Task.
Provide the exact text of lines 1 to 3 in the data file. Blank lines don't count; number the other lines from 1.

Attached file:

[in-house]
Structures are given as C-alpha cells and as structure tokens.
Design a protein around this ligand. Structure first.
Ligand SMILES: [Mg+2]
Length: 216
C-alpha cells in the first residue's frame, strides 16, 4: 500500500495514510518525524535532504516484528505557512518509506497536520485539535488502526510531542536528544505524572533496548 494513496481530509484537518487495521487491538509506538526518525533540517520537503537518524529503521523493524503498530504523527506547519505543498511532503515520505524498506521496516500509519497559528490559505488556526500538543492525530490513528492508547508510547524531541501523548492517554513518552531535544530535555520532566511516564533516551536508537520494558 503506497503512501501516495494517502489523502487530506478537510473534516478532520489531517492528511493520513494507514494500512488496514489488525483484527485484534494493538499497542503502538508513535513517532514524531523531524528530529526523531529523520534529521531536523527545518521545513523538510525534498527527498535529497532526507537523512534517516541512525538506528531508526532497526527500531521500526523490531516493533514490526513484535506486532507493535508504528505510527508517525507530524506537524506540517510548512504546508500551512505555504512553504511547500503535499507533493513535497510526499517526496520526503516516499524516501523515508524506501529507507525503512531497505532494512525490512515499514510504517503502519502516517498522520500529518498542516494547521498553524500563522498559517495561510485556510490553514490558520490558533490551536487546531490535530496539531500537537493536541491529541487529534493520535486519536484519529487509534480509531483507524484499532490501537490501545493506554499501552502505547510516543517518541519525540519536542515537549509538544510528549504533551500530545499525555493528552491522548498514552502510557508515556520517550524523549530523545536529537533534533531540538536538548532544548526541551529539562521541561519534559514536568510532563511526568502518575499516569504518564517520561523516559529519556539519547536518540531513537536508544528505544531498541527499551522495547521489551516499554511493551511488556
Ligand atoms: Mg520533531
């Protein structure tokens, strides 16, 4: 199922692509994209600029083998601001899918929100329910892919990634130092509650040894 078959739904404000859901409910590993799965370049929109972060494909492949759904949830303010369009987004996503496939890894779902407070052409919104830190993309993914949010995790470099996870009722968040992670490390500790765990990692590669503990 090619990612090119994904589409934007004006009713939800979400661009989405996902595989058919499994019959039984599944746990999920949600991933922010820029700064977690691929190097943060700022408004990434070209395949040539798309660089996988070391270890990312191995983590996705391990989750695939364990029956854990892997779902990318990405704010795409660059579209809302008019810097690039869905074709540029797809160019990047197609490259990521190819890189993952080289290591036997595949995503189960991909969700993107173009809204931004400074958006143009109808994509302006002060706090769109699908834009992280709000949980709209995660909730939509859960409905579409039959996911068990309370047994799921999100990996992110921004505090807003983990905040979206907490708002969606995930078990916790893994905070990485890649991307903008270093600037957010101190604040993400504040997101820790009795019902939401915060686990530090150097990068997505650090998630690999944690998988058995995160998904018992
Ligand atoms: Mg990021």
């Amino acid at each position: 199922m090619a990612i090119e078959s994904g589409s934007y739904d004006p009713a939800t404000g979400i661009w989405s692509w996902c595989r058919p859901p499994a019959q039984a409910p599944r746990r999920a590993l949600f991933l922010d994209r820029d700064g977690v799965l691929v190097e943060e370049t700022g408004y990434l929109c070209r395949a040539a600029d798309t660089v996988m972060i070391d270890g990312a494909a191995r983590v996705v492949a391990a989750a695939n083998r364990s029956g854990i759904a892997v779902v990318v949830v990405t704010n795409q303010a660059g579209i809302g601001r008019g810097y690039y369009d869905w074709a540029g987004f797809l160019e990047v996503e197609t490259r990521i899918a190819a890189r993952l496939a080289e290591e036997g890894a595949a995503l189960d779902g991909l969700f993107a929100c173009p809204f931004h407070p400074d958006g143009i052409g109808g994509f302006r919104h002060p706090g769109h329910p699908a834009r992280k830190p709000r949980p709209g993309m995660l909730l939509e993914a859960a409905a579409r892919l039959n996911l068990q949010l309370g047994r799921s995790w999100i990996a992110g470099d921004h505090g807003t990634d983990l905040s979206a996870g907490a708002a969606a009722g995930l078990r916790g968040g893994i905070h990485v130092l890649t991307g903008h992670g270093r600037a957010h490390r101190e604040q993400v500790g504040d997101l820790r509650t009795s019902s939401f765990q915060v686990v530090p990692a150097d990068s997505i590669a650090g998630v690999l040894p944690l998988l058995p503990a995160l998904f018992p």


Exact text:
[in-house]
Structures are given as C-alpha cells and as structure tokens.
Design a protein around this ligand. Structure first.